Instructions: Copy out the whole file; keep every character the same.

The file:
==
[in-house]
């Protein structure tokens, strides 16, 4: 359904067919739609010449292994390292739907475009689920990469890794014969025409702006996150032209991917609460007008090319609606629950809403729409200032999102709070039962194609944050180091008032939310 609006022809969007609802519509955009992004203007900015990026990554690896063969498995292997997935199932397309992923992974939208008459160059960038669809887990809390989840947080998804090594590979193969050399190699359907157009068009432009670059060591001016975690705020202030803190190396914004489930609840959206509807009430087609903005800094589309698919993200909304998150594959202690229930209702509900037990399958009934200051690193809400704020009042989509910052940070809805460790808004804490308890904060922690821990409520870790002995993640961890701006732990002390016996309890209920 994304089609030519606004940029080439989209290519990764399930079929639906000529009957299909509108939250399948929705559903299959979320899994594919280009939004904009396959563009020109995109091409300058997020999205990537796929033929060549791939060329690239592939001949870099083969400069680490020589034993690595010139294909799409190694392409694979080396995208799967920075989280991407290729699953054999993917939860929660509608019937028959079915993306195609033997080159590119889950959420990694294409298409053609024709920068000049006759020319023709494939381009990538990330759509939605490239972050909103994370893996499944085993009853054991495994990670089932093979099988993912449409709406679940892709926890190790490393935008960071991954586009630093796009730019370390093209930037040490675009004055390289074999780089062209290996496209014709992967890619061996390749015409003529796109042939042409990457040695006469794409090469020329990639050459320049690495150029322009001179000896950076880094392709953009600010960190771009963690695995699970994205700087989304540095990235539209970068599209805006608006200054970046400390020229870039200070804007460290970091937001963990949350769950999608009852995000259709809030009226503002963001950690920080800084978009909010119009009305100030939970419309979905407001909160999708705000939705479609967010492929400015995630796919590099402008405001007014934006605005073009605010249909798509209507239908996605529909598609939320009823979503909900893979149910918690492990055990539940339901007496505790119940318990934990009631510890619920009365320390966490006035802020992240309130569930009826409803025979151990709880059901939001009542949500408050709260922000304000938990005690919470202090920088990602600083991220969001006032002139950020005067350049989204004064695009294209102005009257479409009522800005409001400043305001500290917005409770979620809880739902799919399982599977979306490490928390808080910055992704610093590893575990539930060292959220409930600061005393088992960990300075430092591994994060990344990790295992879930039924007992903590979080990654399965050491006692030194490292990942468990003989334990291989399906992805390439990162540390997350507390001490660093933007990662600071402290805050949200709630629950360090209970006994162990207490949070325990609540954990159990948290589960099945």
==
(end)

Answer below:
[in-house]
């Protein structure tokens, strides 16, 4: 359904067919739609010449292994390292739907475009689920990469890794014969025409702006996150032209991917609460007008090319609606629950809403729409200032999102709070039962194609944050180091008032939310 609006022809969007609802519509955009992004203007900015990026990554690896063969498995292997997935199932397309992923992974939208008459160059960038669809887990809390989840947080998804090594590979193969050399190699359907157009068009432009670059060591001016975690705020202030803190190396914004489930609840959206509807009430087609903005800094589309698919993200909304998150594959202690229930209702509900037990399958009934200051690193809400704020009042989509910052940070809805460790808004804490308890904060922690821990409520870790002995993640961890701006732990002390016996309890209920 994304089609030519606004940029080439989209290519990764399930079929639906000529009957299909509108939250399948929705559903299959979320899994594919280009939004904009396959563009020109995109091409300058997020999205990537796929033929060549791939060329690239592939001949870099083969400069680490020589034993690595010139294909799409190694392409694979080396995208799967920075989280991407290729699953054999993917939860929660509608019937028959079915993306195609033997080159590119889950959420990694294409298409053609024709920068000049006759020319023709494939381009990538990330759509939605490239972050909103994370893996499944085993009853054991495994990670089932093979099988993912449409709406679940892709926890190790490393935008960071991954586009630093796009730019370390093209930037040490675009004055390289074999780089062209290996496209014709992967890619061996390749015409003529796109042939042409990457040695006469794409090469020329990639050459320049690495150029322009001179000896950076880094392709953009600010960190771009963690695995699970994205700087989304540095990235539209970068599209805006608006200054970046400390020229870039200070804007460290970091937001963990949350769950999608009852995000259709809030009226503002963001950690920080800084978009909010119009009305100030939970419309979905407001909160999708705000939705479609967010492929400015995630796919590099402008405001007014934006605005073009605010249909798509209507239908996605529909598609939320009823979503909900893979149910918690492990055990539940339901007496505790119940318990934990009631510890619920009365320390966490006035802020992240309130569930009826409803025979151990709880059901939001009542949500408050709260922000304000938990005690919470202090920088990602600083991220969001006032002139950020005067350049989204004064695009294209102005009257479409009522800005409001400043305001500290917005409770979620809880739902799919399982599977979306490490928390808080910055992704610093590893575990539930060292959220409930600061005393088992960990300075430092591994994060990344990790295992879930039924007992903590979080990654399965050491006692030194490292990942468990003989334990291989399906992805390439990162540390997350507390001490660093933007990662600071402290805050949200709630629950360090209970006994162990207490949070325990609540954990159990948290589960099945």